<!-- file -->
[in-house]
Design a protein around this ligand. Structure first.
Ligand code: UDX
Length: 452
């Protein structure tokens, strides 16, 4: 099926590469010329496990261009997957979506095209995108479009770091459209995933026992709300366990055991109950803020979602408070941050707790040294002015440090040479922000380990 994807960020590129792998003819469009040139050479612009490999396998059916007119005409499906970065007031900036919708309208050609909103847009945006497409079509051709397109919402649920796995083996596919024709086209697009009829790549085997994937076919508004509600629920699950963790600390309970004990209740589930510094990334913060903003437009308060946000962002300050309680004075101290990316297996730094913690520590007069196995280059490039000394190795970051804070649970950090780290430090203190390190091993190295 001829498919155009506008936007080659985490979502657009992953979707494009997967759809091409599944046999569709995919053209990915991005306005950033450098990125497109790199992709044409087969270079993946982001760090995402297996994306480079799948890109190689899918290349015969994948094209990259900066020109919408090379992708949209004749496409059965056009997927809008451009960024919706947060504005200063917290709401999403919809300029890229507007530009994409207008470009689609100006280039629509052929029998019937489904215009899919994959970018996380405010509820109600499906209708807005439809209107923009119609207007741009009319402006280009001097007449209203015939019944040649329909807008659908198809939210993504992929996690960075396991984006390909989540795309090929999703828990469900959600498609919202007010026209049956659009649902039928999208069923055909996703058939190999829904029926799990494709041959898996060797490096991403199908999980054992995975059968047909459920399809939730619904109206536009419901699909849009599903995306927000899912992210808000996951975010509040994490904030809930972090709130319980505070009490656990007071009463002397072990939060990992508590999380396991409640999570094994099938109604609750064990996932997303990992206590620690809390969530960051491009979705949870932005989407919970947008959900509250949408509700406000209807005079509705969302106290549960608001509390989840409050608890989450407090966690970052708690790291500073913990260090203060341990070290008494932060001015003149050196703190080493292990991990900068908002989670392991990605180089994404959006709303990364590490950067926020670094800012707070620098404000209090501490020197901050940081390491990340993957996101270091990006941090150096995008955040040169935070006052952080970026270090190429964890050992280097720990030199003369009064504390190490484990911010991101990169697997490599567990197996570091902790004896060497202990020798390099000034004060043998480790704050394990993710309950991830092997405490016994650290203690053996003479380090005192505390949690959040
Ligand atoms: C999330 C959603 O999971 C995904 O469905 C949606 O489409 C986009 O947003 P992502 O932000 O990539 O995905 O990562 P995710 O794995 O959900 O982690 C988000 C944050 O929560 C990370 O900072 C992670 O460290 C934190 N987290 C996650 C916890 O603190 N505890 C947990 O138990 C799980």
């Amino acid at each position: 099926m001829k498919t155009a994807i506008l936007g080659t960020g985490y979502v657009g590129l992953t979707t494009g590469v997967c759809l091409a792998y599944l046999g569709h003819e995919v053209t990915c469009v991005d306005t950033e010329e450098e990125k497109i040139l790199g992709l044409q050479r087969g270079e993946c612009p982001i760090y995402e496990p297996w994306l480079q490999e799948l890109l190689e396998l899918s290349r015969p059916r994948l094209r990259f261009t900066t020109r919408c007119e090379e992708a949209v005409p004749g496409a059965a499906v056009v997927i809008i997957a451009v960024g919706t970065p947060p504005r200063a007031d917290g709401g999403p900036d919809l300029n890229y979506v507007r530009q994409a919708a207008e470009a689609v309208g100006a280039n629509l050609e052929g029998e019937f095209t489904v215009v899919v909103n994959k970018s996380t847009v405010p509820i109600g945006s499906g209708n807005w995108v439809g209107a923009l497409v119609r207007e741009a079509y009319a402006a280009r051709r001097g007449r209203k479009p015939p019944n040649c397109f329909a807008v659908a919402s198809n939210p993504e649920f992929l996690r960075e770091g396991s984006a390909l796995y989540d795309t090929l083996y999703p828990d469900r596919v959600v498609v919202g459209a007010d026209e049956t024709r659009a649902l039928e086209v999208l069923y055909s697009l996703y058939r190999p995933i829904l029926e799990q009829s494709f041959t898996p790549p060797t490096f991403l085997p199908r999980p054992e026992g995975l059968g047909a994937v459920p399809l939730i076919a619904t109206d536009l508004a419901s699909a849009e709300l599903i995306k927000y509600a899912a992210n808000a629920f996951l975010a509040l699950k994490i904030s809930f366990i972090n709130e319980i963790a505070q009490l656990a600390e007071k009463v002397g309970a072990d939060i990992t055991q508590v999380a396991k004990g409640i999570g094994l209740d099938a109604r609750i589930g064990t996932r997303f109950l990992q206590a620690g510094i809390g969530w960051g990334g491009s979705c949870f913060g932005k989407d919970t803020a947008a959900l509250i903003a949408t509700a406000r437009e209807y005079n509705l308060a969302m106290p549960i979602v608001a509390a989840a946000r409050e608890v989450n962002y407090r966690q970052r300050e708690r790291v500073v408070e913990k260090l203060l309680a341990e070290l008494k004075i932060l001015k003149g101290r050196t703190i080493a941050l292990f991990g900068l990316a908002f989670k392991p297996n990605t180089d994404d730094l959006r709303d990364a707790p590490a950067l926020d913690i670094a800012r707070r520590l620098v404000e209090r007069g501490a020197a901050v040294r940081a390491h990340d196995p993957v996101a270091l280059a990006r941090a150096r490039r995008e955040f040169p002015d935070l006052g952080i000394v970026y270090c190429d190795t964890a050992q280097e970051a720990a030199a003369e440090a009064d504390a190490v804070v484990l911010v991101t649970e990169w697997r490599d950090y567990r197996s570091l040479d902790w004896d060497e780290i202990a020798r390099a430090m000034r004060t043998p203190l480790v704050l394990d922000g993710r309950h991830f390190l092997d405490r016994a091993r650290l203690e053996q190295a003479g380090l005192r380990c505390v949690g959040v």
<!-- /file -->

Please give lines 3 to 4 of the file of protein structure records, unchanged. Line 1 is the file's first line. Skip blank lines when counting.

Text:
Ligand code: UDX
Length: 452